When you talk about thyroid diseases the common things you will hear are goiter, hypothyroidism and hyperthyroidism. These are all disorders of the thyroid that we Filipinos are familiar with but sadly, have no better understanding what thyroid is all about.
According to a research study conducted by the Philippine Society of Endocrinology, Diabetes and Metabolism in 2012, for every 11 Filipino adults there is one individual who has goiter, and one in 12 adult Filipinos is afflicted with some form of thyroid disorder.
In a media event dubbed as “Unmasking Your Thyroid” held last September 21 at the Holiday Inn Makati, Dr. Nemencio Nicodemus, Jr., president of the Philippine Society of Endocrinology, Diabetes, and Metabolism, a professor in the UP College of Medicine and the Ateneo School of Medicine and Public Health, rendered a valuable talk on what thyroid is and further discussed health issues related to thyroid.
This Merck Inc. Philippines sponsored event is geared towards raising awareness about an important body organ which is the thyroid. With millions of Filipinos affected by thyroid diseases, the information available is very limited to the public.
With low awareness, common symptoms for a thyroid disease are often mistaken for other diseases or are simply ignored by people who are afflicted with the thyroid disease.
What is thyroid?
The thyroid is a butterfly shaped tiny gland located at the lower part of the neck near the base. Its primary role is to produce thyroid hormone that controls many functions in the body. The functions of thyroid hormone include facilitating metabolic speed or how quickly the body can burn calories, and regulating how fast the heart should beat.
What happens when the thyroid produces little or too much hormone?
Deficiency or having an overload of the thyroid hormone could manifest in several symptoms of thyroid diseases such as feeling tired most of the time, weight loss or gain, constipation, muscle weakness, trouble sleeping, abnormal heartbeats and even restlessness- just to name a few. Unfortunately for women, thyroid diseases are prevalent to female patients than male.
Women and her thyroid:
According to statistics women are more prone to thyroid diseases than men. And 1 out of 8 women will encounter some thyroid related issue in her lifetime. It is best for all women to become aware of her thyroid and how this small organ can affect her body.
- Problems with menstrual cycle. The thyroid gland is directly involved in regulating menstrual cycle. Too little or too much of the hormone can affect menstruation causing irregularities such as light or heavy periods. For women, thyroid diseases could also cause issues with the duration of the menstruation. It’s either menstrual cycle can be too short, prolonged or may skip several months which is a condition called amenorrhea. Early menopause before the age of 40 could also be a result of a thyroid disease due to a problem with the body’s immune system.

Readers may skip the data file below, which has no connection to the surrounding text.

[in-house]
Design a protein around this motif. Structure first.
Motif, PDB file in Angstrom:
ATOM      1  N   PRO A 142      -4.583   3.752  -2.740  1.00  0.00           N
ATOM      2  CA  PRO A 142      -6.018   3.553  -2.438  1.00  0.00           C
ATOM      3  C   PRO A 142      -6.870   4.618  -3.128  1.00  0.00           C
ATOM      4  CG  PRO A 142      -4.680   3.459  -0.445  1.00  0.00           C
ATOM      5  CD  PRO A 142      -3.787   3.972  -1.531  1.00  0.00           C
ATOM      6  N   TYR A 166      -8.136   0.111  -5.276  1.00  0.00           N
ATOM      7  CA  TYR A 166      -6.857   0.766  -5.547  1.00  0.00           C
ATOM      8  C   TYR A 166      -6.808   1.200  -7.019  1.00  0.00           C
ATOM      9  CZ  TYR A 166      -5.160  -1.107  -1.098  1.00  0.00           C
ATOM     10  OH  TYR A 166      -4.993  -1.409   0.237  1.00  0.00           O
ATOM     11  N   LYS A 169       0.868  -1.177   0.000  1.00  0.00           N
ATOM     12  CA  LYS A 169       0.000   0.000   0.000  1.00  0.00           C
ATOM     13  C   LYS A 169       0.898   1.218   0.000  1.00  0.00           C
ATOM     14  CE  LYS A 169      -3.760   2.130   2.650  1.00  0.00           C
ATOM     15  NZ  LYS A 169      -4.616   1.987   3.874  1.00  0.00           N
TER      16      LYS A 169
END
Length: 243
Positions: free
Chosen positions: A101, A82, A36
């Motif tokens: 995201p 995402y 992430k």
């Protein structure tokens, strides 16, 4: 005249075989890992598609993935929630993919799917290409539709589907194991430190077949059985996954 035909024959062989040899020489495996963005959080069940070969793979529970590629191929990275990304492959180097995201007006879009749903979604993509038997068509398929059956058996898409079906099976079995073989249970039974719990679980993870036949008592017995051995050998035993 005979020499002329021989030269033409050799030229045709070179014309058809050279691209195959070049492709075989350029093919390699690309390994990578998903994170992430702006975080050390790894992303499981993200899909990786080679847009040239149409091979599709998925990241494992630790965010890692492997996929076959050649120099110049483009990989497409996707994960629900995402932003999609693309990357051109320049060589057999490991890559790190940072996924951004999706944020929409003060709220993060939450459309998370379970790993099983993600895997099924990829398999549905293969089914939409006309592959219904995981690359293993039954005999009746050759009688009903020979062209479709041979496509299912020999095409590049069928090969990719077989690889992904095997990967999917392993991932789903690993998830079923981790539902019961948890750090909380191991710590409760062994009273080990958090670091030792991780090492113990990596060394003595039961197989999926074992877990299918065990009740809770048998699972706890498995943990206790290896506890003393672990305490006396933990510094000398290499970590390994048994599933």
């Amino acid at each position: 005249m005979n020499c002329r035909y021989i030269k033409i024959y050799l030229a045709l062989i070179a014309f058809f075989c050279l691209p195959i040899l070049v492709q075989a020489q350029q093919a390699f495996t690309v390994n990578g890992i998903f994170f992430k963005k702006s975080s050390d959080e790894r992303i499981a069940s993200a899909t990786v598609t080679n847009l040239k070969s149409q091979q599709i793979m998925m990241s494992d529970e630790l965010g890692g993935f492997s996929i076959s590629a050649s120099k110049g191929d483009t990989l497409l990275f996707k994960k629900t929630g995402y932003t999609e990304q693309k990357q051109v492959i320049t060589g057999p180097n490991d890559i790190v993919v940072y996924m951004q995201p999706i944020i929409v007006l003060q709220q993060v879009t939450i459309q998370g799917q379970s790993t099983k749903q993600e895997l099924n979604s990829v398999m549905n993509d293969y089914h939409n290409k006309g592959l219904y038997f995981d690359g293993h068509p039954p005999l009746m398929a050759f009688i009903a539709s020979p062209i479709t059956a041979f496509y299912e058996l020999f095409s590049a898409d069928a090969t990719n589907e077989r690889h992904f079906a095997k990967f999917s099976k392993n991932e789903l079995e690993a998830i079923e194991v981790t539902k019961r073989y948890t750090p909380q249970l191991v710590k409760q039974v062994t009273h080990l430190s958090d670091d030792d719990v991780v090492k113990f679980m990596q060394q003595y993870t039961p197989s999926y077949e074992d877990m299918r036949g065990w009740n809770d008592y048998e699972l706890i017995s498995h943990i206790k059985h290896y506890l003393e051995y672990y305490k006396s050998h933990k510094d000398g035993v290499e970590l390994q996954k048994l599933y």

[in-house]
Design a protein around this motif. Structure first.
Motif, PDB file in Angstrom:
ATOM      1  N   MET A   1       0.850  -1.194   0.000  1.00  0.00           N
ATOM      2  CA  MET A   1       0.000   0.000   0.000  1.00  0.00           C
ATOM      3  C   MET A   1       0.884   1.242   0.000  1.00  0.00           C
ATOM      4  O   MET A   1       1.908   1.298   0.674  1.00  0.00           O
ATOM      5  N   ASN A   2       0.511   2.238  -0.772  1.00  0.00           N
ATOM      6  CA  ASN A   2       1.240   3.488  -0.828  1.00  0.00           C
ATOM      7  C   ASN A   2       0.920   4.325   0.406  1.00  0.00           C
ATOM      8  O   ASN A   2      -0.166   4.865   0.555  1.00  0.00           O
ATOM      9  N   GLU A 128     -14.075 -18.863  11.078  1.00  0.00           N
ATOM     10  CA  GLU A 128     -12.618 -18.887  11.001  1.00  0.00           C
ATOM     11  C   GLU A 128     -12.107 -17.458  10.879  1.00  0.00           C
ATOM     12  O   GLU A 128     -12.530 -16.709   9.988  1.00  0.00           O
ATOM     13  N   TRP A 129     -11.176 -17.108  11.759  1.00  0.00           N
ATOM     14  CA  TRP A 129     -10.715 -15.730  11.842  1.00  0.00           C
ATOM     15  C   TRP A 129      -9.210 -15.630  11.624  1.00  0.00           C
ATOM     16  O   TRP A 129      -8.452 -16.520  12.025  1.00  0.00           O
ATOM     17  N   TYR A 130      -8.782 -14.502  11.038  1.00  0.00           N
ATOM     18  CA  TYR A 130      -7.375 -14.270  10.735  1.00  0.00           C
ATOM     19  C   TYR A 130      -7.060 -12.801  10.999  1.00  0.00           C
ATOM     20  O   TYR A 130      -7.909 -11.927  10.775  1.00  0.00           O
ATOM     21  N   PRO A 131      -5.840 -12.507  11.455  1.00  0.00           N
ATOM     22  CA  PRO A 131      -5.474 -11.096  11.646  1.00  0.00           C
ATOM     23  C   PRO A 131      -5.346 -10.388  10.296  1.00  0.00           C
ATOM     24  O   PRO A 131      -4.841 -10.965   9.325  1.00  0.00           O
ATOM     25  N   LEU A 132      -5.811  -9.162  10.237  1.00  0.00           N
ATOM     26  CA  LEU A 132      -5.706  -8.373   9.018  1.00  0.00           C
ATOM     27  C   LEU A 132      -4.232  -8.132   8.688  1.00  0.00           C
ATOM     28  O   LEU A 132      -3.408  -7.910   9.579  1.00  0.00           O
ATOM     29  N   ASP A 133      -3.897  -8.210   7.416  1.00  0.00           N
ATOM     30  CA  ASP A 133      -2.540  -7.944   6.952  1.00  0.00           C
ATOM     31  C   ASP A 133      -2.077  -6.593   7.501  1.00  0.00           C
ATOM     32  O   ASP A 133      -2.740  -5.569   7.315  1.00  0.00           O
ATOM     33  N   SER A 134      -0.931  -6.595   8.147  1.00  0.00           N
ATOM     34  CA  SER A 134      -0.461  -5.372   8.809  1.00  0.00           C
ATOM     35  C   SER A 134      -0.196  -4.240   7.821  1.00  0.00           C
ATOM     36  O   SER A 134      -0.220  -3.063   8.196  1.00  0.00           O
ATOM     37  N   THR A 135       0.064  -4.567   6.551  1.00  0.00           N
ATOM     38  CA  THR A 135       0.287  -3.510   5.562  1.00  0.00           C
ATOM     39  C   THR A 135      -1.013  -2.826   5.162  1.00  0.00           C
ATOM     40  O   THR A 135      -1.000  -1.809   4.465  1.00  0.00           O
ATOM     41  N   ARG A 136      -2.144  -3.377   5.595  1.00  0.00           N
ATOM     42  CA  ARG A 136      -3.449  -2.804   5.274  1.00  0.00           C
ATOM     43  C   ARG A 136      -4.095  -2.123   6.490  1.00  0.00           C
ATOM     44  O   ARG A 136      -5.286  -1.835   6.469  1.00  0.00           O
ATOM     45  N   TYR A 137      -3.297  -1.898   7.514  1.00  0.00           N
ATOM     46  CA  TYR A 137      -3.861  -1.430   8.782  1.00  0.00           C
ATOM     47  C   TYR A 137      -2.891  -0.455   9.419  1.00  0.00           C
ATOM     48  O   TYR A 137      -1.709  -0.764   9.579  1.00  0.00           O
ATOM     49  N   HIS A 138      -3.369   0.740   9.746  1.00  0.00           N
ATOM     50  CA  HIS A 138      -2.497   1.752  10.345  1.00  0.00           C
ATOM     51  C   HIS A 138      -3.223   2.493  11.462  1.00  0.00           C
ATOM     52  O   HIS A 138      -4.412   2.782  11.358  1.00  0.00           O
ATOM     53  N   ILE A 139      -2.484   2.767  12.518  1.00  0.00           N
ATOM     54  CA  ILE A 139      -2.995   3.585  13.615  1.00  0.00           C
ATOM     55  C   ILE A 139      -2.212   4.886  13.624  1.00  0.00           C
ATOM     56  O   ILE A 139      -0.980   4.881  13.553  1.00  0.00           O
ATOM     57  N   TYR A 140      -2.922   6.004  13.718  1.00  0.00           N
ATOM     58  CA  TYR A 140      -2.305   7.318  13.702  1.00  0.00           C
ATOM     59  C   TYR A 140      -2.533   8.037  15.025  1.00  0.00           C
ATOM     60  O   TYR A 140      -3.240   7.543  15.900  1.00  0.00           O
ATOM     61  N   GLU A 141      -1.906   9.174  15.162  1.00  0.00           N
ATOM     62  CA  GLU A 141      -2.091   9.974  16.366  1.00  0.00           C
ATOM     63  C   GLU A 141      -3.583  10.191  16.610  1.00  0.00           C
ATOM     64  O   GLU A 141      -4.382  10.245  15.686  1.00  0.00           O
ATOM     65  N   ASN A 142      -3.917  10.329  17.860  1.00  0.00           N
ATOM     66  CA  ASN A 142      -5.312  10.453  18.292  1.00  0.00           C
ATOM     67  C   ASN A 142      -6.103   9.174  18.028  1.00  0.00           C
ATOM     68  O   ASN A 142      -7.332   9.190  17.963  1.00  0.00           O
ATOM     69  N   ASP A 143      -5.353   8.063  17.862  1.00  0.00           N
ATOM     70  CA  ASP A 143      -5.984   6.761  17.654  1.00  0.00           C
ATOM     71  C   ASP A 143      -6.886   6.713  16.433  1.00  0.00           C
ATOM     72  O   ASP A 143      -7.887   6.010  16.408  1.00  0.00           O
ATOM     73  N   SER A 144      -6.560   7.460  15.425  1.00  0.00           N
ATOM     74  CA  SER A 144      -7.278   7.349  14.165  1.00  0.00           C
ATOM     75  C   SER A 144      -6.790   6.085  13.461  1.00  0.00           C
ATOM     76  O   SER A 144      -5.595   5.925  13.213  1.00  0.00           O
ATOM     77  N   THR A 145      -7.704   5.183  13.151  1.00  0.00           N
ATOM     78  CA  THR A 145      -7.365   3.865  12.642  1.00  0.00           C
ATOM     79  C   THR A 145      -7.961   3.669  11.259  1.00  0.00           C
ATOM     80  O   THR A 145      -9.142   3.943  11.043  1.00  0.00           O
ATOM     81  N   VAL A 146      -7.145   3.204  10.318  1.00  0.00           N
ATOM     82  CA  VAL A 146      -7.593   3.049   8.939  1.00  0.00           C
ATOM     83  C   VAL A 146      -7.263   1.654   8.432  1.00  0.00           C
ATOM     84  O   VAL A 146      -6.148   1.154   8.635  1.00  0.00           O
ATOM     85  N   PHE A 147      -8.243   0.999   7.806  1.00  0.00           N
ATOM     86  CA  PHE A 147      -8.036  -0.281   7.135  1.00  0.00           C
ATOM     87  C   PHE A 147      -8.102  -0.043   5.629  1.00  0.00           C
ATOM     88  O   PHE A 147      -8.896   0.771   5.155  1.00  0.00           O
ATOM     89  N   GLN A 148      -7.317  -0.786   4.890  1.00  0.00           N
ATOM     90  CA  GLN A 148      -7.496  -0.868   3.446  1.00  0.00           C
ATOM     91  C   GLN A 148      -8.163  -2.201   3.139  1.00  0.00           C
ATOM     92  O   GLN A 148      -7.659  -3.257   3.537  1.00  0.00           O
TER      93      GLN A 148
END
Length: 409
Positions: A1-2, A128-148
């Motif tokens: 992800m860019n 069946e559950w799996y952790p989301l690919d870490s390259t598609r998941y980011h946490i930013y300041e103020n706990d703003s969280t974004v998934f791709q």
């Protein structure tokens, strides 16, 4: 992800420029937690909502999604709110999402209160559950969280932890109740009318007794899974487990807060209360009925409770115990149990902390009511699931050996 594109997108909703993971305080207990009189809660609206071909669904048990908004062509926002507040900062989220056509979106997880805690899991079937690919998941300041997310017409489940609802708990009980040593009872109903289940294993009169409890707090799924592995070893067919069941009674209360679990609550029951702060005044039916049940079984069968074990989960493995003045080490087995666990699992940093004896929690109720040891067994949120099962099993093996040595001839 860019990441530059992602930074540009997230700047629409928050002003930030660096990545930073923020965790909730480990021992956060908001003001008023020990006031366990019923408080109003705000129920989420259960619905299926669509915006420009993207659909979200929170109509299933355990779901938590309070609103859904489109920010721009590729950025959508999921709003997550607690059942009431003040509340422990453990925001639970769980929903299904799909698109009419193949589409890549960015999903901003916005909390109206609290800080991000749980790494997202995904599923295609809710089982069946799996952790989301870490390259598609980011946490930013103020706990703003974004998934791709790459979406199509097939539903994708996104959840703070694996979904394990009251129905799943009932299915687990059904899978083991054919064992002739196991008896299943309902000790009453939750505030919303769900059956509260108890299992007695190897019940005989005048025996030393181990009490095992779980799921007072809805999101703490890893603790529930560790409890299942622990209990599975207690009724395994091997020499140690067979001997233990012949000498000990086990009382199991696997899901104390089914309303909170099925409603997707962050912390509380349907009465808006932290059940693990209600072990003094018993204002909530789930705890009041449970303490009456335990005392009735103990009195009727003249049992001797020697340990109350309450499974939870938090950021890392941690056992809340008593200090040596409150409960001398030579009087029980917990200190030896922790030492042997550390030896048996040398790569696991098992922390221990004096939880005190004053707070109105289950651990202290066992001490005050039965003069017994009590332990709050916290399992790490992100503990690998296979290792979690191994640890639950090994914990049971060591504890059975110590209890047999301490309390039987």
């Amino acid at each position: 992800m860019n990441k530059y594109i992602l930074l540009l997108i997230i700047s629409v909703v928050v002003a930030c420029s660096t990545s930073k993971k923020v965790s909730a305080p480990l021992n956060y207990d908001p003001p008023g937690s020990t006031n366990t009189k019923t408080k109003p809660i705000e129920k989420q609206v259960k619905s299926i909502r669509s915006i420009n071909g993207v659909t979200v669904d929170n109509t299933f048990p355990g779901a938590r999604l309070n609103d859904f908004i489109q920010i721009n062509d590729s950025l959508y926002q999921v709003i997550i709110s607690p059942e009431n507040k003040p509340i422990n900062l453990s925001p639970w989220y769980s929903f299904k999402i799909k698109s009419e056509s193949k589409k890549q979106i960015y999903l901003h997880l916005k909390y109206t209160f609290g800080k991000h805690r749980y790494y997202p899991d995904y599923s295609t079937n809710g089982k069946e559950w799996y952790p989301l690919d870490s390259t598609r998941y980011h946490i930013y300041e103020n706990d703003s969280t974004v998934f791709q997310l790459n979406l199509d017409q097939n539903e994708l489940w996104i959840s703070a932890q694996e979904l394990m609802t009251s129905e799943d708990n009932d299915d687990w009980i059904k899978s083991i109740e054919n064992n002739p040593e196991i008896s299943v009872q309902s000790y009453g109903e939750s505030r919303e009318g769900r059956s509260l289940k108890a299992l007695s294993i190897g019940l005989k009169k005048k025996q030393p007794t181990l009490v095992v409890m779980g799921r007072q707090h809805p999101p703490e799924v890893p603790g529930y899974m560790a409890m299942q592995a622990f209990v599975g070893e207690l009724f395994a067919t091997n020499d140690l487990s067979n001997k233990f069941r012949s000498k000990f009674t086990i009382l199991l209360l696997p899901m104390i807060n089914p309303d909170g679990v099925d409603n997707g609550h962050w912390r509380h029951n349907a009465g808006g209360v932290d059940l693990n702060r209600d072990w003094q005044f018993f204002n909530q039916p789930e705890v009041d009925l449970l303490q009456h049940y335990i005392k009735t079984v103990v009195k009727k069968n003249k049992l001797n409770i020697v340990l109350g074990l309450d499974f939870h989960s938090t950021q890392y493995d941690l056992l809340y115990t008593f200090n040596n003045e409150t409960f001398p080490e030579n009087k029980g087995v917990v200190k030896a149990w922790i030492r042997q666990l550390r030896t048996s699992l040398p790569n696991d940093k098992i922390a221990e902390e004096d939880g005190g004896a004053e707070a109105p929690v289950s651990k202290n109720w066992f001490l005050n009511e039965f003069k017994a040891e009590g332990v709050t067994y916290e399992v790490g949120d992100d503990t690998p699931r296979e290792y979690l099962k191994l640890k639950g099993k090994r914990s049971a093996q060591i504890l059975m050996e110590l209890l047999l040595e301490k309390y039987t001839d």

- Some thyroid diseases affect chances of pregnancy. Any of diseases of the thyroid will affect menstrual cycle thus affecting ovulation in the process. The ability of the female body to ovulate regularly is impaired affecting pregnancy in the process.
- Thyroid diseases can affect women during pregnancy. Having to deal with thyroid diseases during pregnancy can affect both the mother and her baby.
Oftentimes symptoms of thyroid diseases can easily be mistaken for menopause symptoms. That is why women should be aware of their thyroid since this small organ can affect the rest of the body.
People who are at risk for thyroid disorders: check for the following variables
- Iron deficiency
- 50 years old and above
- Asian or Caucasian descent
- Down’s or Turner’s Syndrome
- Already undergone thyroid surgery
- Have family history of thyroid problems
- Have previous history of radiation exposure or neck x-ray
- Diagnosed with autoimmune disease such as type 1 diabetes
Symptoms of Hypothyroidism
People afflicted with hypothyroidism or too little thyroid hormone are often overweight due to slow and poor metabolism even if they don’t eat much. People with this type of thyroid disease are tired most of the time, have low energy level, speak and move slowly, sensitive to cold temperature, have irregular menstruation and have depressive mood swings.
Symptoms of Hyperthyroidism
A person with too much thyroid hormone or who is diagnosed with hyperthyroidism will likely have faster metabolism. People with hyperthyroidism may sometimes overeat and generally have good appetite but still lose weight. Hyperthyroidism can cause heart palpitations, insomnia, heat intolerance, hand tremors, sweating, mood swings and irritability.
In reality both men and women can be afflicted with thyroid diseases but awareness comes too late. Early thyroid check-up is necessary for early detection and for doctors to properly address the issue. People who have a family history of thyroid diseases or pregnant women who manifest symptoms are advice to get a thyroid workout as early possible. Treatments are readily available and having proper information about thyroid diseases is always the best.
Valuable information about thyroid is accessible through www.thyroid.ph website. Useful information such as self-assessment for thyroid diseases symptoms including details about goiter, hyperthyroidism and hypothyroidism can also be viewed on the website.